Background download Thread Progress Windows problem


Well, instead of it being a modal dialog window, it could just be a component that could be added to a GUI or to the desktop…


My bad, I overlooked in the docs:

A thread that automatically pops up a modal dialog box with a progress bar

So launchThread will allow the message thread to run, but intentionally blocks user interaction.

The class to look at is probably ThreadPoolJob.

Just adding, have a look at this talk:

…just realised, that the page doesn’t show the name, it was given by Dave Rowland


Thank you all for help. I decided to create a new window with ProgressBar object. Is it a simple way to increment in loop through ProgressBar object to refresh progress variable without creating a new instance each time? I am looking for function similar to setProgress in ThreadProgressWindow.


ProgressBar takes in a reference to the floating point number that is used as the progress amount. Then you can just change the referred to number to get the progress bar to change. (Obviously that number has to be a member variable somewhere so that it sticks around and doesn’t cause a dangling reference in the ProgressBar.)


Hmm… I am incrementing progress value in a loop but it seems it passes only last value of progress. Most likely I am doing something wrong. Sample of code below:

class MainContentComponent : public URL,
							public Component,
							public Thread
	MainContentComponent() : Thread("Background Download Thread"), pb(progress)
	downloadButton.setButtonText("Select folder to download file from URL...");
	downloadButton.onClick = [this] { downloadButtonClicked(); };

	progress = 0.0;		

	setSize(300, 200);


void resized() override
	downloadButton.setBounds(10, 10, getWidth() - 20, 20);
	//Other buttons
	pb.setBounds(10, 130, getWidth() - 20, 20);
	void downloadButtonClicked()
		FileChooser chooser("Select path");

	if (chooser.browseForDirectory())

void run() override
	while (!threadShouldExit())
		URL fileUrl("");

		String filename = fileUrl.getFileName();
		ScopedPointer<InputStream> fileStream = fileUrl.createInputStream(false);

		// Reading file into buffer...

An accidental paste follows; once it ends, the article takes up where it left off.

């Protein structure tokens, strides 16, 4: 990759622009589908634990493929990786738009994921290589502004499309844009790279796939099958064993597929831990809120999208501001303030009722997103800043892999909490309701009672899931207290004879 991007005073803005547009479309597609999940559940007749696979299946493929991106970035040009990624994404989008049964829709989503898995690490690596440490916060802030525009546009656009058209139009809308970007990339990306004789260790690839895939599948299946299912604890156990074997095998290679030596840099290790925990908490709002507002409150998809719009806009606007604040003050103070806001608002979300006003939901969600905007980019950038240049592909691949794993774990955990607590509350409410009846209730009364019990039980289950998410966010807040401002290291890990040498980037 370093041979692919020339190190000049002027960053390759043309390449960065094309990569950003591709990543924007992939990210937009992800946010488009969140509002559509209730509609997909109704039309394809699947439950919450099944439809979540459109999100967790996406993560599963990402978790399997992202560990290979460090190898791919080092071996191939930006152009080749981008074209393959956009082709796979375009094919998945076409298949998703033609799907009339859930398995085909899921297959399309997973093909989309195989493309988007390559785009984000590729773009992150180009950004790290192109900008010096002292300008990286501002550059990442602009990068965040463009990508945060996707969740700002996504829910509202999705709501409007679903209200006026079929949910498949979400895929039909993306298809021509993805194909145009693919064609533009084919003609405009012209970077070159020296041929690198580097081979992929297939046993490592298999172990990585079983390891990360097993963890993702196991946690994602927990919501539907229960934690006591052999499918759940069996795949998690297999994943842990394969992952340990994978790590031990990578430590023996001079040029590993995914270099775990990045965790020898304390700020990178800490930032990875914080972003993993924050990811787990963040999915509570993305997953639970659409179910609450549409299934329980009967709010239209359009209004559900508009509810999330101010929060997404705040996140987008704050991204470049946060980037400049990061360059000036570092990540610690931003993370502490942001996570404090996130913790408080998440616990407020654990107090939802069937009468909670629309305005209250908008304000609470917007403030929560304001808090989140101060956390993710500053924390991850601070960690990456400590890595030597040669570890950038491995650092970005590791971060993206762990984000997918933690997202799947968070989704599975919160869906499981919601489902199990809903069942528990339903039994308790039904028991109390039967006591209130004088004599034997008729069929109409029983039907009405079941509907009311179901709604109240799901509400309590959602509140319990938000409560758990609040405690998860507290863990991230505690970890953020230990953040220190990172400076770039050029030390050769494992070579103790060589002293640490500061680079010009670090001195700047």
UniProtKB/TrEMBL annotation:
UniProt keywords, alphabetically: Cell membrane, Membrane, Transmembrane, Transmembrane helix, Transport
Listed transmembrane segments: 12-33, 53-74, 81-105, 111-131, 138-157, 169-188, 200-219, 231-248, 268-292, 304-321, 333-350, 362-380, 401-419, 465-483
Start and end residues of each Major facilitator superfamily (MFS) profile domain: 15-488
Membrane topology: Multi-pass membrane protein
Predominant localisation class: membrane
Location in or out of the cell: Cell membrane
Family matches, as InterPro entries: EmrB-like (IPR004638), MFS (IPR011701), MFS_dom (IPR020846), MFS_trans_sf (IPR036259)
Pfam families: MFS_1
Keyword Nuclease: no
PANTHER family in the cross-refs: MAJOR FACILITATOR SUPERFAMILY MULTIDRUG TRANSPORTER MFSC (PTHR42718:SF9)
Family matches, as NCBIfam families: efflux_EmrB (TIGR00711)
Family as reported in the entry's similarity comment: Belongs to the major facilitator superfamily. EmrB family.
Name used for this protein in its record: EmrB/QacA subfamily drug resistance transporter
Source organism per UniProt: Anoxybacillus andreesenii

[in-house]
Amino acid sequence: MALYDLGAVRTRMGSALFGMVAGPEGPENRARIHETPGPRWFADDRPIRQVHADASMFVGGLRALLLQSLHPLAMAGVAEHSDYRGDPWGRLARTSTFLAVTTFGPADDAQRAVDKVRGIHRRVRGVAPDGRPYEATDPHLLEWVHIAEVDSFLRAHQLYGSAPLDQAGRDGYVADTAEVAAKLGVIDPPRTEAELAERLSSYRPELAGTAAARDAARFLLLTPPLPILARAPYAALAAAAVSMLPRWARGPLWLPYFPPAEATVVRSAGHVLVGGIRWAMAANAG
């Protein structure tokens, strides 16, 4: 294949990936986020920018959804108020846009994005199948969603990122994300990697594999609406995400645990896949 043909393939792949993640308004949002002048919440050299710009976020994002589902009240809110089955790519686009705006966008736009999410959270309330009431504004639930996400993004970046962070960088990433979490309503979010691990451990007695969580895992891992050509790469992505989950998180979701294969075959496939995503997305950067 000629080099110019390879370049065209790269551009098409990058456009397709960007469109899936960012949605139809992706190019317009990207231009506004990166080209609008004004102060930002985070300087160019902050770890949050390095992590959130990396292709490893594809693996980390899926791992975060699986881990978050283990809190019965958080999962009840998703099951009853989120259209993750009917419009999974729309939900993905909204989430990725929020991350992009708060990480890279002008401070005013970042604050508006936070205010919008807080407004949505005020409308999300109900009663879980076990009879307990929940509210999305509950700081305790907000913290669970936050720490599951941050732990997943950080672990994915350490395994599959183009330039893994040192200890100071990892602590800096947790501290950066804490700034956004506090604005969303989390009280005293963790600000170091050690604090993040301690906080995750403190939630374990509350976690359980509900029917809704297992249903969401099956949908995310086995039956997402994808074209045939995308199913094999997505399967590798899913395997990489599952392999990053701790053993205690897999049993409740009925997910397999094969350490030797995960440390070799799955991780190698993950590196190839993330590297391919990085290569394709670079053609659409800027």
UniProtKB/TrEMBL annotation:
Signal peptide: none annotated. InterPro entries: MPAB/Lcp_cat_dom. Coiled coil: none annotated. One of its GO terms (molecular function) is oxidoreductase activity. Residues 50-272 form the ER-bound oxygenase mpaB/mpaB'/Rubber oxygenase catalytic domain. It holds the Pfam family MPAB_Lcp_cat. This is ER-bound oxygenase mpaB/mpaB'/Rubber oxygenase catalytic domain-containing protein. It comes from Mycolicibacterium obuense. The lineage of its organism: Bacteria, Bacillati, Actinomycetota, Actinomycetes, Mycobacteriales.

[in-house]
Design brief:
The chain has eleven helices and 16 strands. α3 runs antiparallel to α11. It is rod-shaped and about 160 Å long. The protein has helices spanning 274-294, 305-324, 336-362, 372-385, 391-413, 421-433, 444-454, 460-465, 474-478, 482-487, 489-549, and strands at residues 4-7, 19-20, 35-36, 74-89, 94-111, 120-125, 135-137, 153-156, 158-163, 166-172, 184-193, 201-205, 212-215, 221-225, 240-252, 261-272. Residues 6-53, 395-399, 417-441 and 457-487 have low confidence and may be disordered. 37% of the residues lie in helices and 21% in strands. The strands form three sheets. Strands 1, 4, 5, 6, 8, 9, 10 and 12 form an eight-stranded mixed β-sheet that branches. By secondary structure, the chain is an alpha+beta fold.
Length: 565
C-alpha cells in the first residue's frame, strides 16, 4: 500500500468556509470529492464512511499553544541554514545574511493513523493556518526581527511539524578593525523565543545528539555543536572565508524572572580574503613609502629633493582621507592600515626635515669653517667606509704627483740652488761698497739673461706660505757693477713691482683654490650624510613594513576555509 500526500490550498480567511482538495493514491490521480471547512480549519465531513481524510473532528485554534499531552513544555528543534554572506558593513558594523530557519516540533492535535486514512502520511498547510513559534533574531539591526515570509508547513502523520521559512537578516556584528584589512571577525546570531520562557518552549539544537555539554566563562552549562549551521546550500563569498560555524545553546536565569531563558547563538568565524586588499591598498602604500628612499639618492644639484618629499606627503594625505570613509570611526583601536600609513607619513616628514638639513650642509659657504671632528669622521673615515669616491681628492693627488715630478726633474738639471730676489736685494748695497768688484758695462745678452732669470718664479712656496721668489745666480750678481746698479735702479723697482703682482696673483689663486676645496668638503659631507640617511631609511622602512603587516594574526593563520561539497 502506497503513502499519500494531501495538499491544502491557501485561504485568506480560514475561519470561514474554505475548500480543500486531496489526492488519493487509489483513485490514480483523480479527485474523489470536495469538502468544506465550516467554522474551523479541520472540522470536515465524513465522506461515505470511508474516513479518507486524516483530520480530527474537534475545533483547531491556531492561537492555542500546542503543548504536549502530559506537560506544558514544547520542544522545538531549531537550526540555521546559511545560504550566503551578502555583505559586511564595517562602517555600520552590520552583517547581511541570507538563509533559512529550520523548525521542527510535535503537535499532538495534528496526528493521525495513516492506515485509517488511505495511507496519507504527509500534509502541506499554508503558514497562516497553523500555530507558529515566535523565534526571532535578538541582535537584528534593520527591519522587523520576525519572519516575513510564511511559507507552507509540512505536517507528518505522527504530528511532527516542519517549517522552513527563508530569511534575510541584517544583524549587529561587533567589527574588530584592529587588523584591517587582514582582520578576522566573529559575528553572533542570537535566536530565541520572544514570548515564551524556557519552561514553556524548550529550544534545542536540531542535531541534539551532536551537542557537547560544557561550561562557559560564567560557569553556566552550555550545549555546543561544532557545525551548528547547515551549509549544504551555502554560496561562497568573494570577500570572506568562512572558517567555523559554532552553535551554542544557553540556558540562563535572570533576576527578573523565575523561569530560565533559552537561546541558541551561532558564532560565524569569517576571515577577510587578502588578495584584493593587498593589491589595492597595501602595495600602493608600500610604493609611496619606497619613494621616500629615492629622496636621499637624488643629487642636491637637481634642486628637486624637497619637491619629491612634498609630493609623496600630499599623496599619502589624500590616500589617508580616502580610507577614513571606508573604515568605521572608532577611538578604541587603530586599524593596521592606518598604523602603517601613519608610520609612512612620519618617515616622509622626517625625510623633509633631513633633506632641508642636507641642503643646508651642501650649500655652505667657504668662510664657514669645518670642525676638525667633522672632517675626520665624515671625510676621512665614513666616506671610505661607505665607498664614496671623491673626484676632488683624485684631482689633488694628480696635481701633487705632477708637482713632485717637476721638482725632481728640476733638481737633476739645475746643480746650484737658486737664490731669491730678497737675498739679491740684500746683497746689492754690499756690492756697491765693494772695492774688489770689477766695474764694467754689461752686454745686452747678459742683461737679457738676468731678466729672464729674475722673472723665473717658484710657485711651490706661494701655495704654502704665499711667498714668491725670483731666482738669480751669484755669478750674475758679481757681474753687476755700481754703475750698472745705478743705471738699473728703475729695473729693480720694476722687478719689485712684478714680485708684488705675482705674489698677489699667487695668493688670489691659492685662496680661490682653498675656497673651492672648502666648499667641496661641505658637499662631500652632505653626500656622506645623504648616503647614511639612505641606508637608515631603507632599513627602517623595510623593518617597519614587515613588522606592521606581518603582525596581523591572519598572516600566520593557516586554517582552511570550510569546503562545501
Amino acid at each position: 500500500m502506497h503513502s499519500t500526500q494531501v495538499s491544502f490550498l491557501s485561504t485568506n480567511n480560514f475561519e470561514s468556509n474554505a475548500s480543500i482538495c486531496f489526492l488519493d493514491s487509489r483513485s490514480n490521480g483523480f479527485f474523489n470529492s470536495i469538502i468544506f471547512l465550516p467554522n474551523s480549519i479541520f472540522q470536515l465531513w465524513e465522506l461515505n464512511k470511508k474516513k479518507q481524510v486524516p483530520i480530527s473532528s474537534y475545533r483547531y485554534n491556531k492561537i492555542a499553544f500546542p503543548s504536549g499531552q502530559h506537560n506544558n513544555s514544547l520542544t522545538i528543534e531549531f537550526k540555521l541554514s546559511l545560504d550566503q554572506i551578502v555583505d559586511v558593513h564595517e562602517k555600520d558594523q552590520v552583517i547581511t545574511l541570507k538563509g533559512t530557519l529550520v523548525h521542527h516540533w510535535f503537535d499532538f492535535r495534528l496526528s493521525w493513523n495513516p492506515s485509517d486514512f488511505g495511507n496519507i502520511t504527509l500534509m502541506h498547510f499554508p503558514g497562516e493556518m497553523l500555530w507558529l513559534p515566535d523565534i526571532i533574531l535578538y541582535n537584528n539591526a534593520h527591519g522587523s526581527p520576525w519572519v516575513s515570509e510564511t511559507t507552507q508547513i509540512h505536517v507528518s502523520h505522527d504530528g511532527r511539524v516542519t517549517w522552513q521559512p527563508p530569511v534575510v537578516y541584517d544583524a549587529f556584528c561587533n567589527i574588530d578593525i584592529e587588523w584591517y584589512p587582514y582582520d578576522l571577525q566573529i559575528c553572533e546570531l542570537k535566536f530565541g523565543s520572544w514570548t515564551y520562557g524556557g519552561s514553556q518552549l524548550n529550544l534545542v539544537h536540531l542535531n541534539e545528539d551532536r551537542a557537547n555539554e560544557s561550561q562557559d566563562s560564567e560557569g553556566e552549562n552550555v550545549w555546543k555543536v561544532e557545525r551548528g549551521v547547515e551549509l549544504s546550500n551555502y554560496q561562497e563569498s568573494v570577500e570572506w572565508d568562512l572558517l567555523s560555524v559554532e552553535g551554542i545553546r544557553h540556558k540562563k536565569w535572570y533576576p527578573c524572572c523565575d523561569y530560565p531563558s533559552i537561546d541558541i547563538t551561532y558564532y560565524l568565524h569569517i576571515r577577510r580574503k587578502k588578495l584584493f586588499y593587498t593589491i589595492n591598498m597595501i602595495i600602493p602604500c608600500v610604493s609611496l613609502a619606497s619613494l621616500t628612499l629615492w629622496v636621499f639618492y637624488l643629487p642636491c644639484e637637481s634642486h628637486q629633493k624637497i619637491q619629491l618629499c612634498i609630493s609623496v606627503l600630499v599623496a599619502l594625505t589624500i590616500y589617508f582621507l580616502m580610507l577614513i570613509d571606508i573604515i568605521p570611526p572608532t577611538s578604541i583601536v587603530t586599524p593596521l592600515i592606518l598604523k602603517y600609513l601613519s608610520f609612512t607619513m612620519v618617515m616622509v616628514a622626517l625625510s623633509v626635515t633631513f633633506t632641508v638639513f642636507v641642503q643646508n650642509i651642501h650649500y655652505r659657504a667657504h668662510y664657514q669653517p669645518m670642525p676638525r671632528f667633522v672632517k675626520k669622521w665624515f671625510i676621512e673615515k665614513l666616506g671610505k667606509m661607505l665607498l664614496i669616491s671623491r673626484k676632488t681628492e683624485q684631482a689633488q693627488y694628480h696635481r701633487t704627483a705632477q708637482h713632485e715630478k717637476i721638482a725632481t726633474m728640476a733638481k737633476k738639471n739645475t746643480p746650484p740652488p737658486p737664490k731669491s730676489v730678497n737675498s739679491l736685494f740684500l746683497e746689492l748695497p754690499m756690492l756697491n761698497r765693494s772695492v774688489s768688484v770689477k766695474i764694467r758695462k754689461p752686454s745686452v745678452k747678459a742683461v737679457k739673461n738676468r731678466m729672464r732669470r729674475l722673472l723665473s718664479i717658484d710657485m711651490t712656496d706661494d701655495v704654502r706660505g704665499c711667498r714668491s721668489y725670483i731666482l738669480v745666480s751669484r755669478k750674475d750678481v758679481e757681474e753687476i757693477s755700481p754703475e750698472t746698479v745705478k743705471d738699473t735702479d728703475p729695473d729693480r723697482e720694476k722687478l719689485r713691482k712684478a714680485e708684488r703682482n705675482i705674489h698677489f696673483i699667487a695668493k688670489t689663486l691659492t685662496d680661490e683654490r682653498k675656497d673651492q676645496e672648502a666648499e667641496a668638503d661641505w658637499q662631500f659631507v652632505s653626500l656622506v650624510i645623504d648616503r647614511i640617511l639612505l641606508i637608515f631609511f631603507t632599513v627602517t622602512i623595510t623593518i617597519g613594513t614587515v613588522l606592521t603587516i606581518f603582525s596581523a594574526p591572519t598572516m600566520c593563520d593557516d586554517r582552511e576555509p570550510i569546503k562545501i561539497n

FileOutputStream out(localfile);

		double j = mem.getSize();

		for (int i = 0; i < mem.getSize(); ++i)
			progress += i / j; // HERE PROGRESSBAR SHOULD MOVE



TextButton downloadButton;

ProgressBar pb;
double progress;

File chosenPath;




Have you checked your progress calculation ends up producing floating point numbers between 0.0 and 1.0?


I don’t see in your code, how a change in the progress variable would be either forwarded to a progressBar/Slider or a repaint is scheduled…


The ProgressBar has an internal timer that does the repaints. (And it takes the progress variable as a reference.)


I see, got it. Never used ProgressBar. I should read first :wink:


There’s also the really annoying possibility the compiler decides to optimize the progress calculation away, are you testing with a debug or release build?


In use with separate method i.e.

void ButtonClicked() {	progress += 0.1; }

progressBar is moving after each button click. When i try to loop this (from 0.0 to 1.0) it ends with 100%.


Maybe the code is just so fast the progress bar never ends up showing anything else but the 100%? (The repaint timer in the progress bar doesn’t run at super fast intervals if I recall right.)


I tested with Time::waitForMillisecondCounter(400); and same result. It seems that progress value is monitored only after it exits out of the range of function. I am wondering how it can be useful with such limitations.


Thread::sleep seems more appropriate in this situation


As a test (and only a test) try putting this in after you increment the progress value:

MessageManager::getInstance()->runDispatchLoopUntil (200);



The problem is you probably have not initialized ‘progress = 0’. Then you’re adding values to ‘progress’ in the run() but until ‘progress’ reaches 1% you will wait for eternity.

Edit: Ah, sorry, I see it’s in the constructor. I’ve got almost identical code in my apps and it works perfectly fine.

progress += i / j;

maybe you meant

progress = i / j;


Shouldn‘t i be converted to float first before dividing? Otherwise it will return 0 al the time. Or am I wrong here?

Edit: sorry, j is double so never mind :wink:


Personally I’d have written it with an explicit cast to double, just to make sure that’s clear to a reader, e.g.

progress = currentItem / (double) totalNumItems;


I think it was clear to reader, i was testing with hardcoded values also.
MessageManager::getInstance()->runDispatchLoopUntil (200);
works for testing in simple loop, but returns assertion when running in thread as it is not a Message thread.